This power of Universalist religion over the United States Government (USG) is maintained by what Moldbug calls the “Cathedral”, which roughly equates to the American University System plus mainstream media outlets. Since the USG is governed by popular opinion (i.e., democracy), and the Cathedral controls (almost absolutely) popular opinion, the Cathedral therefore controls the USG. And politics, therefore, do not. Most of the actions that USG actually takes are decisions of unelected and permanent officials in an elephantine bureaucracy. And the nine people who occasionally have to make a judgement call are equally insulated.

So I say all this to say that I, as a generous supporter of Ron Paul last year and of various “real” conservatives this year, don’t have a lot of hope for democratic politics, especially those on the national level. The best we can hope for is to turn back the clock, but unless we’re willing to turn back the clock all the way to the mid-1600s or so, and drive a spike through the head of whiggery in all its manifestations, what good can it do if the ideological machinery that led (inevitably I think) to our present troubles remains? The severance of the American Union would be a great starting place, but only that. Then, and only then, would hard work of restoring humane culture even start. To say this is generational work, is to put it very mildly; it is to put it in terms that offer no actual hope of restoring public, but only of restoring virtue to their own lives, and those for whom they are responsible. Either that or root for financial and/or environmental apocalypse, which hardly seems Christian.

Which, in a far more roundabout manner than I had envisioned, leads me (and perhaps fairer and stronger minds than my own) to ponder one glaring success story in this otherwise fetid swamp of modernity: The Amish. They have basically checked out of modernity to a sufficient extent (not totally of course) that the present ills seem not to affect them; they appear, in fact, very well positioned for any potential apocalypse, and maintain (again, as near as I can tell) a humane culture largely uninfected by modernity’s convincing heresies. They are notoriously fertile, become relatively rich by their virtue, and do a decent job of bringing up their children to follow them in their (admittedly strange) faith? So what about the Amish? And to what extent are they a model for traditionalists, localists, and small-A anarchists everywhere?

avatar Mark May 22, 2009 at 6:32 pm

Is this is the core of what you’re proposing as the ideal?

…living lives of deep commitment to places that are at once home and outside the cosmopolis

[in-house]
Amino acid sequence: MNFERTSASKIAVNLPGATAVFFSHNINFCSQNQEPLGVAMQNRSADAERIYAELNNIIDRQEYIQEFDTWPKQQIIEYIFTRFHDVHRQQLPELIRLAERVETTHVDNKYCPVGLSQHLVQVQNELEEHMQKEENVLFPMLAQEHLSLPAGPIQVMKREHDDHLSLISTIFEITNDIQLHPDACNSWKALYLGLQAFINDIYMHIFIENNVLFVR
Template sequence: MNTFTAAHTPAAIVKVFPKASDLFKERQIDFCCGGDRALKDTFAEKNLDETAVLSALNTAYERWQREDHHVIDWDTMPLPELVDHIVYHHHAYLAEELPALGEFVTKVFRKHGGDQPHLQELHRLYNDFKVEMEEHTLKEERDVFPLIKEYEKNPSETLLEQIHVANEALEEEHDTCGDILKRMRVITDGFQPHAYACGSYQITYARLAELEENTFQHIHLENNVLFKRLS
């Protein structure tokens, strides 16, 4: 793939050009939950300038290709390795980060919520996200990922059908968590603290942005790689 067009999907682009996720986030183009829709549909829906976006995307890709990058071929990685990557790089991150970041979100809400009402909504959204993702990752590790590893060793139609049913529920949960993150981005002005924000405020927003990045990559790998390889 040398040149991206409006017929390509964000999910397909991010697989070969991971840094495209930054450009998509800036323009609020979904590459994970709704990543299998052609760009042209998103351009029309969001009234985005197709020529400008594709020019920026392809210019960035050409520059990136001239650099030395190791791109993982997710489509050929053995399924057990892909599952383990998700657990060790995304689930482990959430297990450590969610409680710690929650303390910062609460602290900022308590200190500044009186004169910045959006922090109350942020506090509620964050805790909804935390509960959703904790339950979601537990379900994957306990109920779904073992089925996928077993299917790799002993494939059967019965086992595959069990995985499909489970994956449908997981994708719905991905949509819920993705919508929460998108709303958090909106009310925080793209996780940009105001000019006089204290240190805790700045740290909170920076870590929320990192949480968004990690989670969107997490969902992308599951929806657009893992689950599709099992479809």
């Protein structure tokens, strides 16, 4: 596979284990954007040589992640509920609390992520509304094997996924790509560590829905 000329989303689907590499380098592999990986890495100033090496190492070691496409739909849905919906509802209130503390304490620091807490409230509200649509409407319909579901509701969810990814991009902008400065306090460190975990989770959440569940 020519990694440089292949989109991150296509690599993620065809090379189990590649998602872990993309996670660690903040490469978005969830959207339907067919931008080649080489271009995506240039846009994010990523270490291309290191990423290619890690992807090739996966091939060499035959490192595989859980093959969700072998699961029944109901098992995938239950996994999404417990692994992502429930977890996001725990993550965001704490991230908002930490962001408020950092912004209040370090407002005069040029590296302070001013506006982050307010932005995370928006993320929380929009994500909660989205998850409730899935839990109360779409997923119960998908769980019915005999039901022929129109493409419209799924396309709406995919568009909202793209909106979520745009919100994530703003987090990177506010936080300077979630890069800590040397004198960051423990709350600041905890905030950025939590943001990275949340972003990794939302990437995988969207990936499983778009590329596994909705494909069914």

I understand the importance of place (a concept which I consider distinct from location) but I don’t see how it’s more important than the relationships and commitments we make to other people.

avatar Sean S. May 22, 2009 at 9:15 pm

Zoning boards and commissions are the single biggest decision makers in the creation, or destruction, of businesses and communities. Their ability to decide land-use, density, and annexation/provision of public utilities means that if one wants to affect how one’s community expands (or whether it does) you have to be become intimate with the machinations of zoning. Depending on your municipality, zoning boards may be elected, or may be appointed by city councilors.

In my city (Columbia, SC) there is a clear division in council chambers between those in favor of rampant development (with some of the council members actually being developers) and those who steadfastly oppose the increasing attempt to drain the city out into cookie cutter suburbs. Ironically, while the races are officially non-partisan, its overwhelmingly the liberals and minority community members that stand against development that creates white-flight. The ability to hold such decisions to a stand still has kept Columbia from seeing its urban neighborhoods written off entirely. As all council members (plus the mayor) get a zoning board official (if I remember it correctly) that means a vote for a developer is a vote for more development. So keep that in mind at the local voting booth.

Depending on the size of your city, unfortunately, city council seats may be a ward-politics affair. And that makes things significantly harder. But certainly in smaller towns its not un-reasonable for individuals to potentially win a seat.